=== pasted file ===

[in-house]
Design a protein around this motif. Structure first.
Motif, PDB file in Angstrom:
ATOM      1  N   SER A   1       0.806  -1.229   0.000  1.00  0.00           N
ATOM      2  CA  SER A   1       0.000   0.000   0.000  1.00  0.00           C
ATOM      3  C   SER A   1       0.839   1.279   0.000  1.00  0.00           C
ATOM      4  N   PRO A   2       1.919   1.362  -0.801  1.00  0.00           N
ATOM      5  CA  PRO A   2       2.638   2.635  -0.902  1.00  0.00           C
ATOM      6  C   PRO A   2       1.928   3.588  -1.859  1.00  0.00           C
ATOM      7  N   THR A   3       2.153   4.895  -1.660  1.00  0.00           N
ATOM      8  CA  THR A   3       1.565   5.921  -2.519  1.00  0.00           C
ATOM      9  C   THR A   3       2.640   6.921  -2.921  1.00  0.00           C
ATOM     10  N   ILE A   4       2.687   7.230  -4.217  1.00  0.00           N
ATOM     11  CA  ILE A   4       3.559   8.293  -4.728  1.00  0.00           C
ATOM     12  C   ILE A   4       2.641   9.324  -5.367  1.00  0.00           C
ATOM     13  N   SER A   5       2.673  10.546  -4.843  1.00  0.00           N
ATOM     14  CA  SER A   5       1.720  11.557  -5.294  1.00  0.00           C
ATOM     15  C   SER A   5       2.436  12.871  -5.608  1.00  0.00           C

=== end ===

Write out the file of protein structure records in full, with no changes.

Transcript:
[in-house]
Design a protein around this motif. Structure first.
Motif, PDB file in Angstrom:
ATOM      1  N   SER A   1       0.806  -1.229   0.000  1.00  0.00           N
ATOM      2  CA  SER A   1       0.000   0.000   0.000  1.00  0.00           C
ATOM      3  C   SER A   1       0.839   1.279   0.000  1.00  0.00           C
ATOM      4  N   PRO A   2       1.919   1.362  -0.801  1.00  0.00           N
ATOM      5  CA  PRO A   2       2.638   2.635  -0.902  1.00  0.00           C
ATOM      6  C   PRO A   2       1.928   3.588  -1.859  1.00  0.00           C
ATOM      7  N   THR A   3       2.153   4.895  -1.660  1.00  0.00           N
ATOM      8  CA  THR A   3       1.565   5.921  -2.519  1.00  0.00           C
ATOM      9  C   THR A   3       2.640   6.921  -2.921  1.00  0.00           C
ATOM     10  N   ILE A   4       2.687   7.230  -4.217  1.00  0.00           N
ATOM     11  CA  ILE A   4       3.559   8.293  -4.728  1.00  0.00           C
ATOM     12  C   ILE A   4       2.641   9.324  -5.367  1.00  0.00           C
ATOM     13  N   SER A   5       2.673  10.546  -4.843  1.00  0.00           N
ATOM     14  CA  SER A   5       1.720  11.557  -5.294  1.00  0.00           C
ATOM     15  C   SER A   5       2.436  12.871  -5.608  1.00  0.00           C